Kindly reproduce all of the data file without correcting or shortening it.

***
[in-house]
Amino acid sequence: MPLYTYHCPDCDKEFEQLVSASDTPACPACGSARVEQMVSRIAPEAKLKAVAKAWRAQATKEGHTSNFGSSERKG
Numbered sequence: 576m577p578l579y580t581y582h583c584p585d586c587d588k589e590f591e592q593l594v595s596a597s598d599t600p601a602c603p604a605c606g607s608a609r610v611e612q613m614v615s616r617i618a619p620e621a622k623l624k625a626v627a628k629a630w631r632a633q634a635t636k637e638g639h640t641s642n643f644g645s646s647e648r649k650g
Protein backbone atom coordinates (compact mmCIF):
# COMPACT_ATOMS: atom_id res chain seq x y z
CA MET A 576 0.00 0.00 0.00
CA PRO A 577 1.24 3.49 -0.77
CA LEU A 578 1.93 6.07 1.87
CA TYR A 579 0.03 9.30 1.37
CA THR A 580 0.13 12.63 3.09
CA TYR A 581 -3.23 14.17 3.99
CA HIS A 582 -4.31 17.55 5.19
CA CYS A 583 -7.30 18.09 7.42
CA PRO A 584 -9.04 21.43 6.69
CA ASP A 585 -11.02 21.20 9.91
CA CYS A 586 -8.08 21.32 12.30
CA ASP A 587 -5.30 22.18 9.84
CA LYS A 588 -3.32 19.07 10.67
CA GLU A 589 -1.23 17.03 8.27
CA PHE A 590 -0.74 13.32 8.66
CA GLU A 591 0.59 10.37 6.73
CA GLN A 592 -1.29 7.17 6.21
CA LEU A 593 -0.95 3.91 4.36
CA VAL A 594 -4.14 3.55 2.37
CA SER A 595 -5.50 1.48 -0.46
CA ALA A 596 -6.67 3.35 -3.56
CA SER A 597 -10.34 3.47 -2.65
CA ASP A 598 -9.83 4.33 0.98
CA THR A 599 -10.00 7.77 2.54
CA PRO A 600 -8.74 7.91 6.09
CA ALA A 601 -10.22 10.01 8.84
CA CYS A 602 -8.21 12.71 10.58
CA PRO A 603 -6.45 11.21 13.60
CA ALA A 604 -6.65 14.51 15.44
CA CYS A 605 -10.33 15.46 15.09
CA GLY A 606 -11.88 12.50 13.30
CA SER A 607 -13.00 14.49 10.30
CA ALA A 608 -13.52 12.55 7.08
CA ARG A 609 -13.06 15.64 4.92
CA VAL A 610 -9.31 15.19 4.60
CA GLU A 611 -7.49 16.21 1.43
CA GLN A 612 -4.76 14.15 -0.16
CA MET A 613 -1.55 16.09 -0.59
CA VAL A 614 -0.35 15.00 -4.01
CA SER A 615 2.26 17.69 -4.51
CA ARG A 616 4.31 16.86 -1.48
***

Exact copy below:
[in-house]
Amino acid sequence: MPLYTYHCPDCDKEFEQLVSASDTPACPACGSARVEQMVSRIAPEAKLKAVAKAWRAQATKEGHTSNFGSSERKG
Numbered sequence: 576m577p578l579y580t581y582h583c584p585d586c587d588k589e590f591e592q593l594v595s596a597s598d599t600p601a602c603p604a605c606g607s608a609r610v611e612q613m614v615s616r617i618a619p620e621a622k623l624k625a626v627a628k629a630w631r632a633q634a635t636k637e638g639h640t641s642n643f644g645s646s647e648r649k650g
Protein backbone atom coordinates (compact mmCIF):
# COMPACT_ATOMS: atom_id res chain seq x y z
CA MET A 576 0.00 0.00 0.00
CA PRO A 577 1.24 3.49 -0.77
CA LEU A 578 1.93 6.07 1.87
CA TYR A 579 0.03 9.30 1.37
CA THR A 580 0.13 12.63 3.09
CA TYR A 581 -3.23 14.17 3.99
CA HIS A 582 -4.31 17.55 5.19
CA CYS A 583 -7.30 18.09 7.42
CA PRO A 584 -9.04 21.43 6.69
CA ASP A 585 -11.02 21.20 9.91
CA CYS A 586 -8.08 21.32 12.30
CA ASP A 587 -5.30 22.18 9.84
CA LYS A 588 -3.32 19.07 10.67
CA GLU A 589 -1.23 17.03 8.27
CA PHE A 590 -0.74 13.32 8.66
CA GLU A 591 0.59 10.37 6.73
CA GLN A 592 -1.29 7.17 6.21
CA LEU A 593 -0.95 3.91 4.36
CA VAL A 594 -4.14 3.55 2.37
CA SER A 595 -5.50 1.48 -0.46
CA ALA A 596 -6.67 3.35 -3.56
CA SER A 597 -10.34 3.47 -2.65
CA ASP A 598 -9.83 4.33 0.98
CA THR A 599 -10.00 7.77 2.54
CA PRO A 600 -8.74 7.91 6.09
CA ALA A 601 -10.22 10.01 8.84
CA CYS A 602 -8.21 12.71 10.58
CA PRO A 603 -6.45 11.21 13.60
CA ALA A 604 -6.65 14.51 15.44
CA CYS A 605 -10.33 15.46 15.09
CA GLY A 606 -11.88 12.50 13.30
CA SER A 607 -13.00 14.49 10.30
CA ALA A 608 -13.52 12.55 7.08
CA ARG A 609 -13.06 15.64 4.92
CA VAL A 610 -9.31 15.19 4.60
CA GLU A 611 -7.49 16.21 1.43
CA GLN A 612 -4.76 14.15 -0.16
CA MET A 613 -1.55 16.09 -0.59
CA VAL A 614 -0.35 15.00 -4.01
CA SER A 615 2.26 17.69 -4.51
CA ARG A 616 4.31 16.86 -1.48